RADER Team Talks Cyber Security and Reasons Businesses Need to Be Proactive in Protecting Their Data

In this episode of Discover Lafayette, Jan Swift meets with the Cyber Security Team at RADER: Chief Security Officer Tim Fournet, Sarah Bryson, Head of Security Operations Team, and Tyler Robertson, Cyber Security Analyst, who discuss the importance of planning ahead to avoid hacks that can bring down a business.

Since 2002, RADER has helped clients focus on their business while their team takes care of the technology and keeping data secure.

The “World Wide Web,” or the internet as we call it today, was invented in 1989 by Sir Tim Berners-Lee as a convenient way to share data on open platforms in a non-discriminatory way; it was not set up to secure the data, and in those days, people freely shared their Social Security Numbers and other personal data without fear of being robbed blind or having their business systems stolen and held up in exchange for a ransom.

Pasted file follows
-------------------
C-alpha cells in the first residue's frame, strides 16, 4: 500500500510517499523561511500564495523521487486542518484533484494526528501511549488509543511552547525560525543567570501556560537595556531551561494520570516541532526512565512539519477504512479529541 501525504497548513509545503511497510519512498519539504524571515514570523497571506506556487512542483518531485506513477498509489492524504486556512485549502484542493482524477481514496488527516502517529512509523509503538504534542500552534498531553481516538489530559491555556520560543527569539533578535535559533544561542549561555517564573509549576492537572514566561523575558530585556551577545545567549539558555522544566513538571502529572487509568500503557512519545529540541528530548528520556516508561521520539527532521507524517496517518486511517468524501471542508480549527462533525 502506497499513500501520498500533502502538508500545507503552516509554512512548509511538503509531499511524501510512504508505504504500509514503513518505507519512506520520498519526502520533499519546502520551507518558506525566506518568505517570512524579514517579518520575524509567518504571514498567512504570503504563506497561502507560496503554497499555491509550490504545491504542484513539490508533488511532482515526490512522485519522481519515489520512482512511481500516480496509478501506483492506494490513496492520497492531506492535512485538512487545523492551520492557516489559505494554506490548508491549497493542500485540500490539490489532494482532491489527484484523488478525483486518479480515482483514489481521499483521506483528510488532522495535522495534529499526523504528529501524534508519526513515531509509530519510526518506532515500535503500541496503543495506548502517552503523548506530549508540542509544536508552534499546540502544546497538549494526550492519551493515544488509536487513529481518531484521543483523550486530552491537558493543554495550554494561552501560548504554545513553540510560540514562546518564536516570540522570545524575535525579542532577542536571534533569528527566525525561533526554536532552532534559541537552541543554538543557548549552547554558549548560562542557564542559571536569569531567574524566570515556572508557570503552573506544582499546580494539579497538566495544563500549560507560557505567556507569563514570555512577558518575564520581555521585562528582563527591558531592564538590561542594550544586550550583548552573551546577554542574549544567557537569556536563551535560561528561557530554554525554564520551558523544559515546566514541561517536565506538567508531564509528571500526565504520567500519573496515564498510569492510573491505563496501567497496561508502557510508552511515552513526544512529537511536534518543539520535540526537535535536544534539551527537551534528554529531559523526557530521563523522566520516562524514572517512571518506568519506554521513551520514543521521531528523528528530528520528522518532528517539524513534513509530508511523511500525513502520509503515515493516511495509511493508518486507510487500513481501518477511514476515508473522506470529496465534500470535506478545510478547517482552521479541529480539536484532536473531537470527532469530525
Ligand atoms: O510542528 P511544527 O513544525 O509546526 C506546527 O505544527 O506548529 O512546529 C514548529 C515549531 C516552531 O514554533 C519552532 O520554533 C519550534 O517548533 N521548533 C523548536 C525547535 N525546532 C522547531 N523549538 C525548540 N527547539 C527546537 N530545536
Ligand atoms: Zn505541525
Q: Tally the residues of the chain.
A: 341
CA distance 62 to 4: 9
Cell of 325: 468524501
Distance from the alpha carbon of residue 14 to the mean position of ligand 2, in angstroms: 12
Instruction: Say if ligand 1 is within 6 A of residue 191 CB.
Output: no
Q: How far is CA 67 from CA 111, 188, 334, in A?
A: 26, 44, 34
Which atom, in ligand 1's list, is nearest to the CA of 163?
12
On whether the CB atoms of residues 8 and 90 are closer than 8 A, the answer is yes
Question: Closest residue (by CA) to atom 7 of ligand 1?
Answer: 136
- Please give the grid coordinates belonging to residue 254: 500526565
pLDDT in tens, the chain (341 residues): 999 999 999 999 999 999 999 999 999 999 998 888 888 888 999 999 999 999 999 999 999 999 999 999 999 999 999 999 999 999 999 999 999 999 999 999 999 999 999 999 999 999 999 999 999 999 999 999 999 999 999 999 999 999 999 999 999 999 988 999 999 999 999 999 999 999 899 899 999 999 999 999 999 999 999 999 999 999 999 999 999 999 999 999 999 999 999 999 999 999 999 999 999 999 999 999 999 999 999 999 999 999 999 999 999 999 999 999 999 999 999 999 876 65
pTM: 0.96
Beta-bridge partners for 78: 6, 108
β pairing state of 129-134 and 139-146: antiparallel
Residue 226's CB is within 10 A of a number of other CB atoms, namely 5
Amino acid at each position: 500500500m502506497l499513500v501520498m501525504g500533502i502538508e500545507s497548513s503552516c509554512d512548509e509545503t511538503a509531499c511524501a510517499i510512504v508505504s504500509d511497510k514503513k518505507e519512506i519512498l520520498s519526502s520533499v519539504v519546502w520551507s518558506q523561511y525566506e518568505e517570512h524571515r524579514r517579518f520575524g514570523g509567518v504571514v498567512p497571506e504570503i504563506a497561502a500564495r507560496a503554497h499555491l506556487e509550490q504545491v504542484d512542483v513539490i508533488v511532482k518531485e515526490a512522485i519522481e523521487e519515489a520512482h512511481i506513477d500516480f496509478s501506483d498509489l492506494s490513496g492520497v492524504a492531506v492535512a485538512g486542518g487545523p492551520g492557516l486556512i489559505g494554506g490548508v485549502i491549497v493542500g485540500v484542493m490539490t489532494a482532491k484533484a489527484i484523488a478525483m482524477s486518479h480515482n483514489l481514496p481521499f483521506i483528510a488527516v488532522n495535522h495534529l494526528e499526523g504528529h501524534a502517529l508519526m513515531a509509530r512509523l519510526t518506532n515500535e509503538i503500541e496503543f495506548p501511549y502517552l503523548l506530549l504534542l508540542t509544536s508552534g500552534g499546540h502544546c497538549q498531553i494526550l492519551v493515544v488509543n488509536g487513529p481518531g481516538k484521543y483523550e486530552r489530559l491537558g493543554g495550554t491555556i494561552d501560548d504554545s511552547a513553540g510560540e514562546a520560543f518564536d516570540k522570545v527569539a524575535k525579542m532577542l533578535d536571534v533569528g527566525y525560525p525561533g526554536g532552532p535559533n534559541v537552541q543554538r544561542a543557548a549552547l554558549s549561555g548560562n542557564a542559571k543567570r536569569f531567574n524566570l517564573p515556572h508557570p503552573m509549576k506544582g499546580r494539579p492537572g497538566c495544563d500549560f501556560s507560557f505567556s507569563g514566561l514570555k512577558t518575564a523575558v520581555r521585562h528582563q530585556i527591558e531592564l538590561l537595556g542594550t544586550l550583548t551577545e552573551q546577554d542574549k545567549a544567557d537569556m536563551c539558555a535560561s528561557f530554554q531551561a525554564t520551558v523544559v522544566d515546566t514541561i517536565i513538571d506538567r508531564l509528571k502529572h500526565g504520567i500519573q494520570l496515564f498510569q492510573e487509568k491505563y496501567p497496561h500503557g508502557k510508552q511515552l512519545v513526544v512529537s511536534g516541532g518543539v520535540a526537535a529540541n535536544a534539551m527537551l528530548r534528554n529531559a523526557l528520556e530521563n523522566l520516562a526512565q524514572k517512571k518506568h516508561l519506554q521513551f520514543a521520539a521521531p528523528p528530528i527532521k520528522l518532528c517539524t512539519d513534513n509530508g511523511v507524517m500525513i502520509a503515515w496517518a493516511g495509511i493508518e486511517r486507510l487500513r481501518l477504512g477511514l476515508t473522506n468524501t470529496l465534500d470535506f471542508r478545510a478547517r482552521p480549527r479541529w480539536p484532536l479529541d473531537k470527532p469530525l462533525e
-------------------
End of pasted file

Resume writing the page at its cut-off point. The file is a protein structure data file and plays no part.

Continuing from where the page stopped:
It’s a different day in 2019. Savvy criminals now run organized businesses on the dark web where they buy and sell everything that’s available to be exploited. Using untraceable cryptocurrencies, unsavory characters can purchase your email password for a couple of bucks or spend time on other people’s computers (for $10 to 15 bucks). Personal identities are harvested by criminal actors and sold for profit. Government computer systems are shut down by ransomware; department stores such as Target report that millions of users’ debit card accounts have been compromised.

Tim Fournet has been with RADER for fourteen years and has witnessed the evolution of computer problems people experience. The early days involved buying, maintaining and fixing hardware for small businesses; today, RADER typically manages entire computer and telephone systems to prevent problems for businesses ranging in size from 10 to 1000 employees. As technology has advanced quickly over the past decade, Tim has seen the benefits of utilizing cloud computing become countered with the risks of bad guys having access to all of your data.